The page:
For sure. This is where the “defund” comes from: calls to reduce police department budgets and re-allocate that money to social services. How will we re-allocate the work if we don’t re-allocate the money?

And it’s also a call for re-evaluating our priorities. Why do we spend more and more on policing even as we cut schools and social services? Why would we increase the budgets for police departments when we are looking at budget cuts for everyone else? In the end, what does that say about our priorities?

Is #DefundThePolice a cheap slogan that makes a good meme, or is it a call to systemic change?

That’s up to you. You can chant it, put it on a sign, make fun of it, get mad about it, or ignore it as a passing fad.

Or, you can engage with it. Dig into it, dig into the issues it represents, and do the hard work of being a citizen in a democracy. Listen, learn, speak up, engage.

It’s time to change our policing in this country. We all know it. Let’s all of us, then, be part of the conversation.

#DefundThePolice

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Resources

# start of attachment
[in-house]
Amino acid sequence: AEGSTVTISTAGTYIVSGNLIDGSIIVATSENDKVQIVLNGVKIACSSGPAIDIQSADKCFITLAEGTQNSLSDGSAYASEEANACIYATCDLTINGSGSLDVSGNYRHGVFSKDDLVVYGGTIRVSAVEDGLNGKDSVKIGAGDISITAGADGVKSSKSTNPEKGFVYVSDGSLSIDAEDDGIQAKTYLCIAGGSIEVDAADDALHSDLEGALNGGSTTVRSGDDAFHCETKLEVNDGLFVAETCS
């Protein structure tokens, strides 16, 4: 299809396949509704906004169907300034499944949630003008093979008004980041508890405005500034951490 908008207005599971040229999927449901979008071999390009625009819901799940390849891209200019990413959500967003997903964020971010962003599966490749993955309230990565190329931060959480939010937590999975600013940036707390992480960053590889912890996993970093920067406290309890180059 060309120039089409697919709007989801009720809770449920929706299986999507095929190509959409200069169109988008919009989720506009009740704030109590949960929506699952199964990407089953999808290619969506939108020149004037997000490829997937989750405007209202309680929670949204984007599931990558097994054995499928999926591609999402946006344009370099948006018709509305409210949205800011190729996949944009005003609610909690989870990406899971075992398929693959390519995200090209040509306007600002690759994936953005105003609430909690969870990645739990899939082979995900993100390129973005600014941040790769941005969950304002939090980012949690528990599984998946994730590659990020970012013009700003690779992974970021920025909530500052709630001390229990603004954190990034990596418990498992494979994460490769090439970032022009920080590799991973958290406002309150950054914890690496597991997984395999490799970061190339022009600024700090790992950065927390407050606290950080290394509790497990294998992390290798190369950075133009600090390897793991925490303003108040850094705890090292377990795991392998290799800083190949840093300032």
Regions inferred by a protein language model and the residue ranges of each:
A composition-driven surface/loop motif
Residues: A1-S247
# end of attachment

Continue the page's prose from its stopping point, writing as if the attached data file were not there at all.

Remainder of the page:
The Final Report of the President’s Task Force on 21st Century Policing (PDF) – Serious and in-depth set of research and recommendations. Frankly, should be the starting point for any lawmaker wanting to do something about policing in America.

Defund the police? Here’s what that really means. (Article) – Washington Post article from the director of Georgetown Law School’s Innovative Policing Program. Goes into “abolish the police” as well.

Growing calls to “defund the police,” explained (Article) – Vox’s explainer on the phrase and what it means.

What a world without cops would look like (Article) – Interview with Brooklyn College sociology professor Alex Vitale, who advocates for abolishing the police.

Graphic to share – I found this in a conversation about #DefundThePolice, and I thought it was a good quick read on it. Feel free to share. (I’ve not been able to nail down the source; if you know, please contact me so I can give the proper attribution.)